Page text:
Guest Author - Lisa Linnell-Olsen
If you are a looking for wearable knitted lace projects, this latest offering from Lark Books has some serious potential.The main premise that ties this pattern collection together is that each pattern is a basic shape with lace motifs throughout.
For example, a long rectangle with a reversible Japanese leaf lace stitch is a scarf. Two right triangles knitted from the top in a tulip design forms a triangle lace shawl. Before this idea begins to sound trite, I need to point out a few other patterns. The Moondance Shrug is an eyelet rib square base that gets folded and seamed into a jacket, reminiscent of Elizabeth Zimmerman's Baby Surprise pattern.
The book has a variety of patterns that range in lace knitting skill, yarn thickness, wearer sizes (wide range for adult women) and lace motifs. The introduction section of the book explains how to read lace charts, which is what the book uses to explain the lace motifs. Those who are new to lace knitting will find informaiton specific to lace, such as the importance of blocking and the how different weights of yarn affect the lace pattern in the introduction.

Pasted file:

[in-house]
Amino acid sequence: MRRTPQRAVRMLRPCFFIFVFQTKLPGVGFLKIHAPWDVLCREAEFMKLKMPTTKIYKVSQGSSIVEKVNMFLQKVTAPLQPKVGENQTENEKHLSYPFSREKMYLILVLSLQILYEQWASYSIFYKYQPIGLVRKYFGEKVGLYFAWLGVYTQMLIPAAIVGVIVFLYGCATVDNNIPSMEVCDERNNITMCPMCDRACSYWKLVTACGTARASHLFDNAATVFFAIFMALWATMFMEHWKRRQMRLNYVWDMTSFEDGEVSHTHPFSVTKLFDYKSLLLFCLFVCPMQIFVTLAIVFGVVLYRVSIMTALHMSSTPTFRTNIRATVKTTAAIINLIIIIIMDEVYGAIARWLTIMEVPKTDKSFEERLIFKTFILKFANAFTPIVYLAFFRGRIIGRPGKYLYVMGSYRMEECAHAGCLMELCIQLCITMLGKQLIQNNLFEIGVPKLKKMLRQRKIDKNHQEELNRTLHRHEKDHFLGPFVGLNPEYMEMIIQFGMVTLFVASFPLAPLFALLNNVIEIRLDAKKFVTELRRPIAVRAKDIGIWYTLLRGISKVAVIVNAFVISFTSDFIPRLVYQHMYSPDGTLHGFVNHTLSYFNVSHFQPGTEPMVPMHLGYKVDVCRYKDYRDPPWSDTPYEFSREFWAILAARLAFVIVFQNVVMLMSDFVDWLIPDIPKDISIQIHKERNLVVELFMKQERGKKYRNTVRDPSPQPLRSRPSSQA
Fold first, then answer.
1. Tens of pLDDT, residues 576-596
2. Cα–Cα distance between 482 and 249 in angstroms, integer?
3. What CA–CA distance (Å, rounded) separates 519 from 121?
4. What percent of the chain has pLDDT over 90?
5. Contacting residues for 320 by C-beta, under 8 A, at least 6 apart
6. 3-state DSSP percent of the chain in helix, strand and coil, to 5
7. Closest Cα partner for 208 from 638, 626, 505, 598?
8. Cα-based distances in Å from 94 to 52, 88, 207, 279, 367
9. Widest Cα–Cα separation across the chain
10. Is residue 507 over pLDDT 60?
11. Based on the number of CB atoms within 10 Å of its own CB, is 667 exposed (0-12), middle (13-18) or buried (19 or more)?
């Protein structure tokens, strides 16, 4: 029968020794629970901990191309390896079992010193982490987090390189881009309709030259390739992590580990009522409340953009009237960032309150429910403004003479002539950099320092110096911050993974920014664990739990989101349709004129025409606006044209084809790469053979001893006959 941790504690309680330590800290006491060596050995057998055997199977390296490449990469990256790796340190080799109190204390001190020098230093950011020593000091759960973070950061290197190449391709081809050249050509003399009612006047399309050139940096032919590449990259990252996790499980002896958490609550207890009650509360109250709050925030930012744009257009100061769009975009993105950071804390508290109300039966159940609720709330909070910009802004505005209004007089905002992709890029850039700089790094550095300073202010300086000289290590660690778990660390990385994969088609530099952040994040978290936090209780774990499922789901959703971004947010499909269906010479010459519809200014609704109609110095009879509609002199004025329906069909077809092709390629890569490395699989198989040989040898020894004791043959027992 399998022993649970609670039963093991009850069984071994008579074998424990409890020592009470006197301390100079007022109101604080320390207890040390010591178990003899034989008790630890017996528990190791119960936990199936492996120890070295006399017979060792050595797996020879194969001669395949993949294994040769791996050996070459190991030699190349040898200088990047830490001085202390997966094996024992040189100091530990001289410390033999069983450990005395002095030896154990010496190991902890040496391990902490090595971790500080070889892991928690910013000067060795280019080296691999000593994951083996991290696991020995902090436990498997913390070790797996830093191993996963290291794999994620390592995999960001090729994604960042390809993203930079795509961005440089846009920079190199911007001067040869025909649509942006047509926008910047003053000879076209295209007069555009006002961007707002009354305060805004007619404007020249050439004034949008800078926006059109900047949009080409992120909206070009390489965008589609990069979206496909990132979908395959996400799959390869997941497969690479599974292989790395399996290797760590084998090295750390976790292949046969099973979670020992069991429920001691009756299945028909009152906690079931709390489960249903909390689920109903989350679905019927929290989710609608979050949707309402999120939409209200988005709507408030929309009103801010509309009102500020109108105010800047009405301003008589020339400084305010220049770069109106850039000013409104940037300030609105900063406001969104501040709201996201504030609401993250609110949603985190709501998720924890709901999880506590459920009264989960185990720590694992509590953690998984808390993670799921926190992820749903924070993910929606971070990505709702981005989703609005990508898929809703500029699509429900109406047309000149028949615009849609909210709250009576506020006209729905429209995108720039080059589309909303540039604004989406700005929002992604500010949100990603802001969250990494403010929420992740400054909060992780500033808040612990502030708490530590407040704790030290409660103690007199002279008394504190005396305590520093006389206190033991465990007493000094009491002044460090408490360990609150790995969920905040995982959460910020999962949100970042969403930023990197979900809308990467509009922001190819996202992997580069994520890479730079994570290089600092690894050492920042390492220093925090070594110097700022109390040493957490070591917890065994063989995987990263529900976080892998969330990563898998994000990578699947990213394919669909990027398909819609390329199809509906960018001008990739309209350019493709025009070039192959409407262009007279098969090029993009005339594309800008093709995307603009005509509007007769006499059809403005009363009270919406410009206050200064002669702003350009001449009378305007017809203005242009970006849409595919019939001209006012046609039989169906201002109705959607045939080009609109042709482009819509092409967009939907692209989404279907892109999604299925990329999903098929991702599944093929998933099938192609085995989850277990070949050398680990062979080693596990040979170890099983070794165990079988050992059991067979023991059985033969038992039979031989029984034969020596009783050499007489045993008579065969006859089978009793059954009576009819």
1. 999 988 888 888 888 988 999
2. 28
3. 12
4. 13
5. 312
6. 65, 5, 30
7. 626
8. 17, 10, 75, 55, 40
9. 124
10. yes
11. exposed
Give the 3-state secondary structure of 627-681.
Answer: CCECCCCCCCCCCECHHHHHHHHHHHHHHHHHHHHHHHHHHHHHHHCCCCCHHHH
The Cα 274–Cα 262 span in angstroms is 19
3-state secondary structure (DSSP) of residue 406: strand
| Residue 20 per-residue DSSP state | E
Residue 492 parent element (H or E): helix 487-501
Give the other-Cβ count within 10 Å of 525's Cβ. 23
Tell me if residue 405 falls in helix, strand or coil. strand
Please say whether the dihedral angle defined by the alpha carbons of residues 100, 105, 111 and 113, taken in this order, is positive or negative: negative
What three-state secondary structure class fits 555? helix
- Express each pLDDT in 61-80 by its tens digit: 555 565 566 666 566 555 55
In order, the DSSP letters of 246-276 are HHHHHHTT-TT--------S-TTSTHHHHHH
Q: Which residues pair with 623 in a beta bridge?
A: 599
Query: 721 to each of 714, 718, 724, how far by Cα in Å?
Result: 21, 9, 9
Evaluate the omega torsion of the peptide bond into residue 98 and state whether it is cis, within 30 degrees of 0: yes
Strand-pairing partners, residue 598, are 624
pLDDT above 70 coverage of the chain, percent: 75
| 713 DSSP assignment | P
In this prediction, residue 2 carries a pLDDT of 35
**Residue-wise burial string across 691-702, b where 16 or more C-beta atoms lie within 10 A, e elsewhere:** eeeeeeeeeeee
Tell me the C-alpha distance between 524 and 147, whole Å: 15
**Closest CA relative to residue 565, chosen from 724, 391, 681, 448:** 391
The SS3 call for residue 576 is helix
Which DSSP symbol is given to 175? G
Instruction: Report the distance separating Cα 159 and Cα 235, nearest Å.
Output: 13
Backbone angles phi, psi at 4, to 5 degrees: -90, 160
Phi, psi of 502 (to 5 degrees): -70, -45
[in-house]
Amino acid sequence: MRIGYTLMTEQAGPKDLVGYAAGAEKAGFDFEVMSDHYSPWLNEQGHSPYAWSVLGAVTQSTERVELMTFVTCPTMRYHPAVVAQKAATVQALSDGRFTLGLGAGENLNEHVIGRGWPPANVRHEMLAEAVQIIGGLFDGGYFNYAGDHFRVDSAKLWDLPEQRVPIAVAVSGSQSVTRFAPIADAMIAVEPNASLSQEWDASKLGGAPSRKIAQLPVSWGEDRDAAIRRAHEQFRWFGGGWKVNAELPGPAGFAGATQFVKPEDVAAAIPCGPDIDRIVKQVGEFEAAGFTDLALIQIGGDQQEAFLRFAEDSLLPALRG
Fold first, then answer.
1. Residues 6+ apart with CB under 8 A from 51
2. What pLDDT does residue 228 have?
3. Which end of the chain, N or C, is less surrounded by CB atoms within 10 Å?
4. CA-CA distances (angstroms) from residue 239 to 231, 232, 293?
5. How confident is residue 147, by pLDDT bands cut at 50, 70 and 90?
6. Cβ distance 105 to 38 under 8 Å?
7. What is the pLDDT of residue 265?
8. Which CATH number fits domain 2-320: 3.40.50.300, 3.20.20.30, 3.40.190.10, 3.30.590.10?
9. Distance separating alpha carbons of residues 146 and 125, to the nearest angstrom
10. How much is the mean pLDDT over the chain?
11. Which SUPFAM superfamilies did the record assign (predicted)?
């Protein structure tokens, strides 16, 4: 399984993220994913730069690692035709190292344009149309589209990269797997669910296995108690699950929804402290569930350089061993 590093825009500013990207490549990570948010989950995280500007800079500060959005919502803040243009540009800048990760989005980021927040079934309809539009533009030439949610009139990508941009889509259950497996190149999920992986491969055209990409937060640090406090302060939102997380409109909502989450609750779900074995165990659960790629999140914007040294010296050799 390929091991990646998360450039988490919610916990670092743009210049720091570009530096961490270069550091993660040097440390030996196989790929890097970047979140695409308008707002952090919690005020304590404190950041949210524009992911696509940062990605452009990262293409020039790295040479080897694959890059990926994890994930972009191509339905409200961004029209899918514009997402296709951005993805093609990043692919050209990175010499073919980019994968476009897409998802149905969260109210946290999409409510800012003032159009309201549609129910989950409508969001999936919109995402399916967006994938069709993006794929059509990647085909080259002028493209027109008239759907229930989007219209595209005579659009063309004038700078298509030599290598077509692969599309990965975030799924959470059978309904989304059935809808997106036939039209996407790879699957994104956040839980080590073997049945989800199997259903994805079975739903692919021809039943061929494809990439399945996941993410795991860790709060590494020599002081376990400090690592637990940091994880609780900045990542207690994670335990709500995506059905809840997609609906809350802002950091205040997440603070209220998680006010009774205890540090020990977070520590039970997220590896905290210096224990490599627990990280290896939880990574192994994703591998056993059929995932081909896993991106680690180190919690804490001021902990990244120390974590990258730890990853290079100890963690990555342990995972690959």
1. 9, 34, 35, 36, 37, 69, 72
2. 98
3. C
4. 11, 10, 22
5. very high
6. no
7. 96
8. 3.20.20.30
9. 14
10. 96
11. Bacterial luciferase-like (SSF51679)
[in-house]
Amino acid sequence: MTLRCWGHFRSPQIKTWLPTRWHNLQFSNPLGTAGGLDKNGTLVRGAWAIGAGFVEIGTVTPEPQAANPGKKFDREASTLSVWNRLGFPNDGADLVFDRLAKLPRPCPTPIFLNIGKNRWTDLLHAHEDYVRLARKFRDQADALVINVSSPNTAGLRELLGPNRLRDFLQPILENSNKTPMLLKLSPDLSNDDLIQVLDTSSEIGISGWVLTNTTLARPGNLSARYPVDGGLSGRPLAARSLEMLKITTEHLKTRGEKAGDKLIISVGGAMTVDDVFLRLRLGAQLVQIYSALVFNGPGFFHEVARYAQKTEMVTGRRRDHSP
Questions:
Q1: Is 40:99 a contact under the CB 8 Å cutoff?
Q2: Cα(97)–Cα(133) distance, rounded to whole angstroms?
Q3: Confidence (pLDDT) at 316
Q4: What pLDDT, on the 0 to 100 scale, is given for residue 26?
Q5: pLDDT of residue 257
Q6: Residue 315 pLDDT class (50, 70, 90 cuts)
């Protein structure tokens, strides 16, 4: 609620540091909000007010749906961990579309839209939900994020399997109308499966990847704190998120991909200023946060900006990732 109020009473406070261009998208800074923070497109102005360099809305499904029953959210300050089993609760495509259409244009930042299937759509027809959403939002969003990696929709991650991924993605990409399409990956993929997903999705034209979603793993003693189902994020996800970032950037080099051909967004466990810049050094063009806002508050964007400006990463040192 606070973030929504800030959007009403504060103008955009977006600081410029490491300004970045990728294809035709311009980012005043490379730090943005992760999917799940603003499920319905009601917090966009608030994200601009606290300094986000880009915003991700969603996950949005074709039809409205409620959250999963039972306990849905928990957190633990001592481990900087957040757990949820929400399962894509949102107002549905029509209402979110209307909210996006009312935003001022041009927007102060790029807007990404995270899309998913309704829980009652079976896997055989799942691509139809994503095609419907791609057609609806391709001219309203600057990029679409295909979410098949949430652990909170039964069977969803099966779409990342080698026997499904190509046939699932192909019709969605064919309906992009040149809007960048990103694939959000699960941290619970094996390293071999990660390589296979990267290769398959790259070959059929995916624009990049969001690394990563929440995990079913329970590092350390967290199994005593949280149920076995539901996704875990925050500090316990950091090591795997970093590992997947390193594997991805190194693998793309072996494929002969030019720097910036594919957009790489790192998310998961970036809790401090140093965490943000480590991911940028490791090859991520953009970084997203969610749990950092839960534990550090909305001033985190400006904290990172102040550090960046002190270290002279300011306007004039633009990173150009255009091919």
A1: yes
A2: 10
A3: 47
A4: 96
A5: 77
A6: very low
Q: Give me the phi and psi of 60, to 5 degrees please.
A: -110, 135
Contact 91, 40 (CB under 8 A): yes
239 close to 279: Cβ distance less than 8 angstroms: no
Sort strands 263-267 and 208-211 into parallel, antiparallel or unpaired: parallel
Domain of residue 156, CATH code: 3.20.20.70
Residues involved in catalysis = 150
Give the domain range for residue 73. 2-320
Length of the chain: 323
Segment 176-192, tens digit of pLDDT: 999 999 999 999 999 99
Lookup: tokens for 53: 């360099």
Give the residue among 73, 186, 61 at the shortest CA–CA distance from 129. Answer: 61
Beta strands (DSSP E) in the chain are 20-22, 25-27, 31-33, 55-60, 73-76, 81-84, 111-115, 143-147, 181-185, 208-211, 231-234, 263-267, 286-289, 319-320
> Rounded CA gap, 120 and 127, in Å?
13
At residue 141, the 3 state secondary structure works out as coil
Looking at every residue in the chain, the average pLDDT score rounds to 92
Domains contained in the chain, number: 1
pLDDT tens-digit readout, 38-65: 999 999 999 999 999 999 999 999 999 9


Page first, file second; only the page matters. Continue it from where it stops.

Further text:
Simpler patterns suitable for advanced beginners exploring lace include the Moondance Shrug and Birch Jacket. The birch jacket also is based on an eyelet rib, and square bases. The thick wool yarn of the Birch jacket compared to the lacy mohair of the Moondance shrug wet the two piece apart from each other.
One of my favorite patterns is the Poinsettia Jacket, which is a circle with two triangular sleeves. The pattern is a variation of the circular Angel Shawl pattern in the book. Six triangles are knit together, then blocked to form the basic circle.
Those who like to modify or write their own patterns will find good inspiration here.
With several different motif charts in the book and design notes, knitters can gain ideas for their own projects.
Projects include a variety of needle sizes, so new and experienced lace knitters will all be able to find projects at their ability level. The book uses mostly specialty designer yarns. Budget minded knitters or those with limited yarn selection access will want to have a good idea on how to substitute yarn. Lace knitters will want to consider adding this book to their knitting libraries. Much has been written about lace already, yet the updated shape and garment ideas in this book make this book a worthy addition.
FTC requirements: I was provided a free review copy of this book by the publisher. All of my reviews are my honest opinion. I received no compensation from the publisher or book author for this review.